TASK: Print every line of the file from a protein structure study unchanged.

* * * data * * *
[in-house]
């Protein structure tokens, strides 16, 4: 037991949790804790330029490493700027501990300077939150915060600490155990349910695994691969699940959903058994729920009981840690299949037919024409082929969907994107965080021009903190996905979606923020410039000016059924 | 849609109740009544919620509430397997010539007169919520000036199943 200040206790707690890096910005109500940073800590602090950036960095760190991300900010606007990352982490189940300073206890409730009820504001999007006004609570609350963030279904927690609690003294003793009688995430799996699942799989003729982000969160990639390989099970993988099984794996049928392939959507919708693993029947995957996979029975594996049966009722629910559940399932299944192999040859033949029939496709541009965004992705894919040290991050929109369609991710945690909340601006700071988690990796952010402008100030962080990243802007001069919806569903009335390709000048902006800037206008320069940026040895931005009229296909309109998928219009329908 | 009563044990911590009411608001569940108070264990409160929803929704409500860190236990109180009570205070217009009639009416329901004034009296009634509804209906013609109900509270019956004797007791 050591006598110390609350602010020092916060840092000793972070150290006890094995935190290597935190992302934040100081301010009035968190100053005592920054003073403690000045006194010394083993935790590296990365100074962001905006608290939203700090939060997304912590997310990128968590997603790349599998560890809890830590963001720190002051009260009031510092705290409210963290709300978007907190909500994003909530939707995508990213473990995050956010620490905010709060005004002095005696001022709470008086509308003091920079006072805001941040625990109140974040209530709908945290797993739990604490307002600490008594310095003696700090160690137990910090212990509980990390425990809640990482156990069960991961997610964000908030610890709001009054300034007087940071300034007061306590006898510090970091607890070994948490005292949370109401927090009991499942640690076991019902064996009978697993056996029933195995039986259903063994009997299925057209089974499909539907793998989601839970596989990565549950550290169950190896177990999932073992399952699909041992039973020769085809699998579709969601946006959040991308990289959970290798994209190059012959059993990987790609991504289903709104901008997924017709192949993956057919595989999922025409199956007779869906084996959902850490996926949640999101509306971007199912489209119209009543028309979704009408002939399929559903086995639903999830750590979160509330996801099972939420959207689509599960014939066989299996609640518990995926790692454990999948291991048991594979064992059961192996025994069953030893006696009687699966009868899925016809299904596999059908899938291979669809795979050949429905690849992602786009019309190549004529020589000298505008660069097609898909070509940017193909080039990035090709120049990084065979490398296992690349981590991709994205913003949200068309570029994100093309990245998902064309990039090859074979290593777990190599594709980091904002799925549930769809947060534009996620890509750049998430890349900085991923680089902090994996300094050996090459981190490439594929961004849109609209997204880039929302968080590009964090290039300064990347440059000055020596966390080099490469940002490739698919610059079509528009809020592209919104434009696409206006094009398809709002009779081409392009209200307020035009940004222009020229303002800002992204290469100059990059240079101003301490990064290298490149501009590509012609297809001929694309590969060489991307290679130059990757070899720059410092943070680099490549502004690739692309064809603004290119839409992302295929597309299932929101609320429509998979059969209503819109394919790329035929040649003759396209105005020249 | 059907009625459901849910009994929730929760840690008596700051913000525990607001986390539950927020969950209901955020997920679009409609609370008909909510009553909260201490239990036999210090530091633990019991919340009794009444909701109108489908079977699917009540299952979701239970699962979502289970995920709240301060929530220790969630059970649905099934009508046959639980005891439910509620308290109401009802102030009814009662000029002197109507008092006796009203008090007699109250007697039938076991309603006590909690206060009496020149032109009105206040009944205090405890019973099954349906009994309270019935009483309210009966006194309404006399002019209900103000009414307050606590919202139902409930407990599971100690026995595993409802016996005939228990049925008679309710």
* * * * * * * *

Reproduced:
[in-house]
């Protein structure tokens, strides 16, 4: 037991949790804790330029490493700027501990300077939150915060600490155990349910695994691969699940959903058994729920009981840690299949037919024409082929969907994107965080021009903190996905979606923020410039000016059924 | 849609109740009544919620509430397997010539007169919520000036199943 200040206790707690890096910005109500940073800590602090950036960095760190991300900010606007990352982490189940300073206890409730009820504001999007006004609570609350963030279904927690609690003294003793009688995430799996699942799989003729982000969160990639390989099970993988099984794996049928392939959507919708693993029947995957996979029975594996049966009722629910559940399932299944192999040859033949029939496709541009965004992705894919040290991050929109369609991710945690909340601006700071988690990796952010402008100030962080990243802007001069919806569903009335390709000048902006800037206008320069940026040895931005009229296909309109998928219009329908 | 009563044990911590009411608001569940108070264990409160929803929704409500860190236990109180009570205070217009009639009416329901004034009296009634509804209906013609109900509270019956004797007791 050591006598110390609350602010020092916060840092000793972070150290006890094995935190290597935190992302934040100081301010009035968190100053005592920054003073403690000045006194010394083993935790590296990365100074962001905006608290939203700090939060997304912590997310990128968590997603790349599998560890809890830590963001720190002051009260009031510092705290409210963290709300978007907190909500994003909530939707995508990213473990995050956010620490905010709060005004002095005696001022709470008086509308003091920079006072805001941040625990109140974040209530709908945290797993739990604490307002600490008594310095003696700090160690137990910090212990509980990390425990809640990482156990069960991961997610964000908030610890709001009054300034007087940071300034007061306590006898510090970091607890070994948490005292949370109401927090009991499942640690076991019902064996009978697993056996029933195995039986259903063994009997299925057209089974499909539907793998989601839970596989990565549950550290169950190896177990999932073992399952699909041992039973020769085809699998579709969601946006959040991308990289959970290798994209190059012959059993990987790609991504289903709104901008997924017709192949993956057919595989999922025409199956007779869906084996959902850490996926949640999101509306971007199912489209119209009543028309979704009408002939399929559903086995639903999830750590979160509330996801099972939420959207689509599960014939066989299996609640518990995926790692454990999948291991048991594979064992059961192996025994069953030893006696009687699966009868899925016809299904596999059908899938291979669809795979050949429905690849992602786009019309190549004529020589000298505008660069097609898909070509940017193909080039990035090709120049990084065979490398296992690349981590991709994205913003949200068309570029994100093309990245998902064309990039090859074979290593777990190599594709980091904002799925549930769809947060534009996620890509750049998430890349900085991923680089902090994996300094050996090459981190490439594929961004849109609209997204880039929302968080590009964090290039300064990347440059000055020596966390080099490469940002490739698919610059079509528009809020592209919104434009696409206006094009398809709002009779081409392009209200307020035009940004222009020229303002800002992204290469100059990059240079101003301490990064290298490149501009590509012609297809001929694309590969060489991307290679130059990757070899720059410092943070680099490549502004690739692309064809603004290119839409992302295929597309299932929101609320429509998979059969209503819109394919790329035929040649003759396209105005020249 | 059907009625459901849910009994929730929760840690008596700051913000525990607001986390539950927020969950209901955020997920679009409609609370008909909510009553909260201490239990036999210090530091633990019991919340009794009444909701109108489908079977699917009540299952979701239970699962979502289970995920709240301060929530220790969630059970649905099934009508046959639980005891439910509620308290109401009802102030009814009662000029002197109507008092006796009203008090007699109250007697039938076991309603006590909690206060009496020149032109009105206040009944205090405890019973099954349906009994309270019935009483309210009966006194309404006399002019209900103000009414307050606590919202139902409930407990599971100690026995595993409802016996005939228990049925008679309710």